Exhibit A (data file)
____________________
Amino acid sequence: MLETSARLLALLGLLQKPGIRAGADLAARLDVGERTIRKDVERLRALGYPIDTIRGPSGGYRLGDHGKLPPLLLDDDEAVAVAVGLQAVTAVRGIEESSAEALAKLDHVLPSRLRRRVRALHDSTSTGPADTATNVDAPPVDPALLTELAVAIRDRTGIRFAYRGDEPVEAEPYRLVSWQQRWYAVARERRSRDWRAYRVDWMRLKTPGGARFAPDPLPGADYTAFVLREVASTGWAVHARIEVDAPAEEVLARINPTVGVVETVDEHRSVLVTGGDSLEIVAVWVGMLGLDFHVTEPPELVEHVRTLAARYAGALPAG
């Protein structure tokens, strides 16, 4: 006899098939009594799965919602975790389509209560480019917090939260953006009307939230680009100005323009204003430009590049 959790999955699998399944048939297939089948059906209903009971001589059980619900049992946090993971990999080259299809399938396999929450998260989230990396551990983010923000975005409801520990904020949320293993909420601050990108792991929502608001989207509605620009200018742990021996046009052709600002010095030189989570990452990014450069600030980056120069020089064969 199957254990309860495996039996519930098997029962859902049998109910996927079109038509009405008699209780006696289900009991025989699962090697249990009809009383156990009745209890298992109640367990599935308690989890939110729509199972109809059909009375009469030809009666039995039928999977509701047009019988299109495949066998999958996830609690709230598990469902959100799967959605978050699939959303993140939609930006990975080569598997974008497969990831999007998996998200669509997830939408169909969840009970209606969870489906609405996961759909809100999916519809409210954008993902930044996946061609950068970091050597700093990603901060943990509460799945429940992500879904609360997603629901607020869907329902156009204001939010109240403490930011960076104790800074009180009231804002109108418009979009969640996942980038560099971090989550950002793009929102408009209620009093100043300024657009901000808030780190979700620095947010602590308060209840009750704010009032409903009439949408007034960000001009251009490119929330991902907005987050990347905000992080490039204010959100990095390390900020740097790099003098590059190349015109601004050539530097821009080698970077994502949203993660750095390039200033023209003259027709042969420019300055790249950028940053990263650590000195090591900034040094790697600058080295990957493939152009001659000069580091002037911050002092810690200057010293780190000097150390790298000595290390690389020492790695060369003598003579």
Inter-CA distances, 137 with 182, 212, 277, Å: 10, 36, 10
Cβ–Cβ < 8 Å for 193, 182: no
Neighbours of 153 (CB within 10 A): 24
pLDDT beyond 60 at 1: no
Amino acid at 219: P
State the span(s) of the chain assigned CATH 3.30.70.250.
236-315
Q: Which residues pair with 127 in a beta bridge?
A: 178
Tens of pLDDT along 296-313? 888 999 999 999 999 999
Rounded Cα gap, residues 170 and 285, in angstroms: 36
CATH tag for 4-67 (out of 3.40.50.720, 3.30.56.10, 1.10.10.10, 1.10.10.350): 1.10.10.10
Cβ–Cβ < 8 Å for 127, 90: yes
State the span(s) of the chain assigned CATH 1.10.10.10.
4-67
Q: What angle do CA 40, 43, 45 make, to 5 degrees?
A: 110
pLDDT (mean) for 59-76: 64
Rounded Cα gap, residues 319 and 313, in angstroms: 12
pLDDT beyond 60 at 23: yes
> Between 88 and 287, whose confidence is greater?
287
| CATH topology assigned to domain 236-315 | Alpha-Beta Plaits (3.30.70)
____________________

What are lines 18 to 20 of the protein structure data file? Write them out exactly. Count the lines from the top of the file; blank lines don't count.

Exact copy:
Q: What angle do CA 40, 43, 45 make, to 5 degrees?
A: 110
pLDDT (mean) for 59-76: 64